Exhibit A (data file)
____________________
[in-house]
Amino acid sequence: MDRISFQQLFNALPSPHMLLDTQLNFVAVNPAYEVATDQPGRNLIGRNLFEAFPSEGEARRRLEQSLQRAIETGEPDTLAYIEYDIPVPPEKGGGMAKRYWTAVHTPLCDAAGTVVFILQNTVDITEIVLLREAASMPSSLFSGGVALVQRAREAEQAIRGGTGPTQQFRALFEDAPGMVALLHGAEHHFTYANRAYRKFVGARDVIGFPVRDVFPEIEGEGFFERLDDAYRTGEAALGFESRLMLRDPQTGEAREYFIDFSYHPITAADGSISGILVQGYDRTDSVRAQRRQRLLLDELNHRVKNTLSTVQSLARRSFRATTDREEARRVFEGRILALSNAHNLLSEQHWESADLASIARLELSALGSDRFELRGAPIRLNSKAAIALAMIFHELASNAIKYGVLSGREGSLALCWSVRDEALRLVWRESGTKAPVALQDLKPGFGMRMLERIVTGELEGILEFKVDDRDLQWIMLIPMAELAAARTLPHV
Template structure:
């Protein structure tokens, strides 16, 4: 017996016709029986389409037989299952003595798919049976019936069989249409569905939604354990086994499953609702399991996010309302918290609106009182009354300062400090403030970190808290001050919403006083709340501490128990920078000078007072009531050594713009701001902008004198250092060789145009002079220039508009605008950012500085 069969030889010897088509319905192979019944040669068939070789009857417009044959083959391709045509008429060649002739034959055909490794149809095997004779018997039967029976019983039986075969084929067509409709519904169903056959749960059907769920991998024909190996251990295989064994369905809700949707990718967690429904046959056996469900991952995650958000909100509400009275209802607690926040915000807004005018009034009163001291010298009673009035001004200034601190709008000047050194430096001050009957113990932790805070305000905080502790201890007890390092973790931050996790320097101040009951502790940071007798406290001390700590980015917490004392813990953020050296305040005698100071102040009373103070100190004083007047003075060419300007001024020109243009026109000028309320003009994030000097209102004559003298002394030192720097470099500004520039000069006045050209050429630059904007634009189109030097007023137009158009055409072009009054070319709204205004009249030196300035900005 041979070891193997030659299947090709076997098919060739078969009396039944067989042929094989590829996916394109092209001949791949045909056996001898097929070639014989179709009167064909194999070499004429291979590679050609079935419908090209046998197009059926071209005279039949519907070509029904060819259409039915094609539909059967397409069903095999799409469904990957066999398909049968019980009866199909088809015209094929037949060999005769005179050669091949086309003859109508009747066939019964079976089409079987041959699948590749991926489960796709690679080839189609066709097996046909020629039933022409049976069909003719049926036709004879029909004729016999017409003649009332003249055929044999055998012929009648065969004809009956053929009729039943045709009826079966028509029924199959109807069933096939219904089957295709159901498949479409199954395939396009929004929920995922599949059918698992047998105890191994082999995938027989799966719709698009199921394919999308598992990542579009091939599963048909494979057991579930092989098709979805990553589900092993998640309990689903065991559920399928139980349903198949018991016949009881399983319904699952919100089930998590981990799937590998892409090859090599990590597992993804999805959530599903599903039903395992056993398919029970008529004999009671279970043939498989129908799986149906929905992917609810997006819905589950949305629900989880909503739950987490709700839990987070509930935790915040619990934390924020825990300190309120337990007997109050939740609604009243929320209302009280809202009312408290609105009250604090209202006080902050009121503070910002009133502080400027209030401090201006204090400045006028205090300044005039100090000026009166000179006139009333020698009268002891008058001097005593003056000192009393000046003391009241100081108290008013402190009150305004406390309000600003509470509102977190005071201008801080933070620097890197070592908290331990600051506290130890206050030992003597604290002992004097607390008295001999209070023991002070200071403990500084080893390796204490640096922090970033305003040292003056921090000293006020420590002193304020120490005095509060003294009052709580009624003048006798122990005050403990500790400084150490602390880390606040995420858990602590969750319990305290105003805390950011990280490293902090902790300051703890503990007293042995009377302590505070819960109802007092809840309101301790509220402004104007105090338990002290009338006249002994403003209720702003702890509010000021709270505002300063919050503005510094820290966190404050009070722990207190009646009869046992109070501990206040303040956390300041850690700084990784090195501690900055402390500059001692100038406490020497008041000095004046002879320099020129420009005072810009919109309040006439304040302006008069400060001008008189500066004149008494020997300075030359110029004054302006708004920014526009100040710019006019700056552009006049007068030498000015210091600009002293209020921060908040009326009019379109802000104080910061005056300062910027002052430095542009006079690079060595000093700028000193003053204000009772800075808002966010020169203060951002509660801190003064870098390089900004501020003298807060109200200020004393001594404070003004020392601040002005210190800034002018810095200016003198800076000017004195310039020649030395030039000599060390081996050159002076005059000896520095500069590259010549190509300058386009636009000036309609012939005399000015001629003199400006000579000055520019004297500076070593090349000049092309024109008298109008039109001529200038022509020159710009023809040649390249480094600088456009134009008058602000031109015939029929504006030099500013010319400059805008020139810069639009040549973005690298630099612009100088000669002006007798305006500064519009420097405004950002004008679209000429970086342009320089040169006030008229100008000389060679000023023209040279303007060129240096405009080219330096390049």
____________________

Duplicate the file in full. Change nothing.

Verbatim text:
[in-house]
Amino acid sequence: MDRISFQQLFNALPSPHMLLDTQLNFVAVNPAYEVATDQPGRNLIGRNLFEAFPSEGEARRRLEQSLQRAIETGEPDTLAYIEYDIPVPPEKGGGMAKRYWTAVHTPLCDAAGTVVFILQNTVDITEIVLLREAASMPSSLFSGGVALVQRAREAEQAIRGGTGPTQQFRALFEDAPGMVALLHGAEHHFTYANRAYRKFVGARDVIGFPVRDVFPEIEGEGFFERLDDAYRTGEAALGFESRLMLRDPQTGEAREYFIDFSYHPITAADGSISGILVQGYDRTDSVRAQRRQRLLLDELNHRVKNTLSTVQSLARRSFRATTDREEARRVFEGRILALSNAHNLLSEQHWESADLASIARLELSALGSDRFELRGAPIRLNSKAAIALAMIFHELASNAIKYGVLSGREGSLALCWSVRDEALRLVWRESGTKAPVALQDLKPGFGMRMLERIVTGELEGILEFKVDDRDLQWIMLIPMAELAAARTLPHV
Template structure:
């Protein structure tokens, strides 16, 4: 017996016709029986389409037989299952003595798919049976019936069989249409569905939604354990086994499953609702399991996010309302918290609106009182009354300062400090403030970190808290001050919403006083709340501490128990920078000078007072009531050594713009701001902008004198250092060789145009002079220039508009605008950012500085 069969030889010897088509319905192979019944040669068939070789009857417009044959083959391709045509008429060649002739034959055909490794149809095997004779018997039967029976019983039986075969084929067509409709519904169903056959749960059907769920991998024909190996251990295989064994369905809700949707990718967690429904046959056996469900991952995650958000909100509400009275209802607690926040915000807004005018009034009163001291010298009673009035001004200034601190709008000047050194430096001050009957113990932790805070305000905080502790201890007890390092973790931050996790320097101040009951502790940071007798406290001390700590980015917490004392813990953020050296305040005698100071102040009373103070100190004083007047003075060419300007001024020109243009026109000028309320003009994030000097209102004559003298002394030192720097470099500004520039000069006045050209050429630059904007634009189109030097007023137009158009055409072009009054070319709204205004009249030196300035900005 041979070891193997030659299947090709076997098919060739078969009396039944067989042929094989590829996916394109092209001949791949045909056996001898097929070639014989179709009167064909194999070499004429291979590679050609079935419908090209046998197009059926071209005279039949519907070509029904060819259409039915094609539909059967397409069903095999799409469904990957066999398909049968019980009866199909088809015209094929037949060999005769005179050669091949086309003859109508009747066939019964079976089409079987041959699948590749991926489960796709690679080839189609066709097996046909020629039933022409049976069909003719049926036709004879029909004729016999017409003649009332003249055929044999055998012929009648065969004809009956053929009729039943045709009826079966028509029924199959109807069933096939219904089957295709159901498949479409199954395939396009929004929920995922599949059918698992047998105890191994082999995938027989799966719709698009199921394919999308598992990542579009091939599963048909494979057991579930092989098709979805990553589900092993998640309990689903065991559920399928139980349903198949018991016949009881399983319904699952919100089930998590981990799937590998892409090859090599990590597992993804999805959530599903599903039903395992056993398919029970008529004999009671279970043939498989129908799986149906929905992917609810997006819905589950949305629900989880909503739950987490709700839990987070509930935790915040619990934390924020825990300190309120337990007997109050939740609604009243929320209302009280809202009312408290609105009250604090209202006080902050009121503070910002009133502080400027209030401090201006204090400045006028205090300044005039100090000026009166000179006139009333020698009268002891008058001097005593003056000192009393000046003391009241100081108290008013402190009150305004406390309000600003509470509102977190005071201008801080933070620097890197070592908290331990600051506290130890206050030992003597604290002992004097607390008295001999209070023991002070200071403990500084080893390796204490640096922090970033305003040292003056921090000293006020420590002193304020120490005095509060003294009052709580009624003048006798122990005050403990500790400084150490602390880390606040995420858990602590969750319990305290105003805390950011990280490293902090902790300051703890503990007293042995009377302590505070819960109802007092809840309101301790509220402004104007105090338990002290009338006249002994403003209720702003702890509010000021709270505002300063919050503005510094820290966190404050009070722990207190009646009869046992109070501990206040303040956390300041850690700084990784090195501690900055402390500059001692100038406490020497008041000095004046002879320099020129420009005072810009919109309040006439304040302006008069400060001008008189500066004149008494020997300075030359110029004054302006708004920014526009100040710019006019700056552009006049007068030498000015210091600009002293209020921060908040009326009019379109802000104080910061005056300062910027002052430095542009006079690079060595000093700028000193003053204000009772800075808002966010020169203060951002509660801190003064870098390089900004501020003298807060109200200020004393001594404070003004020392601040002005210190800034002018810095200016003198800076000017004195310039020649030395030039000599060390081996050159002076005059000896520095500069590259010549190509300058386009636009000036309609012939005399000015001629003199400006000579000055520019004297500076070593090349000049092309024109008298109008039109001529200038022509020159710009023809040649390249480094600088456009134009008058602000031109015939029929504006030099500013010319400059805008020139810069639009040549973005690298630099612009100088000669002006007798305006500064519009420097405004950002004008679209000429970086342009320089040169006030008229100008000389060679000023023209040279303007060129240096405009080219330096390049």